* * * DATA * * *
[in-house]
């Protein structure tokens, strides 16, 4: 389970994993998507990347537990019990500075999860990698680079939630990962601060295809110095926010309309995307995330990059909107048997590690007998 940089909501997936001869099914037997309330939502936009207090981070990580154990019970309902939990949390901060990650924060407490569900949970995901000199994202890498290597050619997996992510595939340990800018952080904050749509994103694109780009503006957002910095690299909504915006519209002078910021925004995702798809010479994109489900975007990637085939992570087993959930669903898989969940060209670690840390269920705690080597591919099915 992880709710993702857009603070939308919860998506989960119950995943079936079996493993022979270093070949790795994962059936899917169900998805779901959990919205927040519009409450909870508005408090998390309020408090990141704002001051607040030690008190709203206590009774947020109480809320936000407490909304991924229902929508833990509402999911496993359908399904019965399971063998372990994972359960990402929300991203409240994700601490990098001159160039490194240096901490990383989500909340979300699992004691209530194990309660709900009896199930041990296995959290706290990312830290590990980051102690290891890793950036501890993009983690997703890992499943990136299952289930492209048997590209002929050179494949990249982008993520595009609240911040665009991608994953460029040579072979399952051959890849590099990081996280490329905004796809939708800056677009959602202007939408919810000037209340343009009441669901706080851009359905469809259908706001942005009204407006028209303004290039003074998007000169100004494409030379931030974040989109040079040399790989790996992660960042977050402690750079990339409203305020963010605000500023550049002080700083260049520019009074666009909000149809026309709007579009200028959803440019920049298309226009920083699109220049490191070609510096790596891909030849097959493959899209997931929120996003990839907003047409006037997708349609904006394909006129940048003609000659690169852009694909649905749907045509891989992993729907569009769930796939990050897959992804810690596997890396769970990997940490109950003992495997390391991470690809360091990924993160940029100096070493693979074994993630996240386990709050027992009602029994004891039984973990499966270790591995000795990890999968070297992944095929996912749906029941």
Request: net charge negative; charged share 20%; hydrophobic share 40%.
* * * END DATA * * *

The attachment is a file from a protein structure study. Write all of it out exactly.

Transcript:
[in-house]
């Protein structure tokens, strides 16, 4: 389970994993998507990347537990019990500075999860990698680079939630990962601060295809110095926010309309995307995330990059909107048997590690007998 940089909501997936001869099914037997309330939502936009207090981070990580154990019970309902939990949390901060990650924060407490569900949970995901000199994202890498290597050619997996992510595939340990800018952080904050749509994103694109780009503006957002910095690299909504915006519209002078910021925004995702798809010479994109489900975007990637085939992570087993959930669903898989969940060209670690840390269920705690080597591919099915 992880709710993702857009603070939308919860998506989960119950995943079936079996493993022979270093070949790795994962059936899917169900998805779901959990919205927040519009409450909870508005408090998390309020408090990141704002001051607040030690008190709203206590009774947020109480809320936000407490909304991924229902929508833990509402999911496993359908399904019965399971063998372990994972359960990402929300991203409240994700601490990098001159160039490194240096901490990383989500909340979300699992004691209530194990309660709900009896199930041990296995959290706290990312830290590990980051102690290891890793950036501890993009983690997703890992499943990136299952289930492209048997590209002929050179494949990249982008993520595009609240911040665009991608994953460029040579072979399952051959890849590099990081996280490329905004796809939708800056677009959602202007939408919810000037209340343009009441669901706080851009359905469809259908706001942005009204407006028209303004290039003074998007000169100004494409030379931030974040989109040079040399790989790996992660960042977050402690750079990339409203305020963010605000500023550049002080700083260049520019009074666009909000149809026309709007579009200028959803440019920049298309226009920083699109220049490191070609510096790596891909030849097959493959899209997931929120996003990839907003047409006037997708349609904006394909006129940048003609000659690169852009694909649905749907045509891989992993729907569009769930796939990050897959992804810690596997890396769970990997940490109950003992495997390391991470690809360091990924993160940029100096070493693979074994993630996240386990709050027992009602029994004891039984973990499966270790591995000795990890999968070297992944095929996912749906029941």
Request: net charge negative; charged share 20%; hydrophobic share 40%.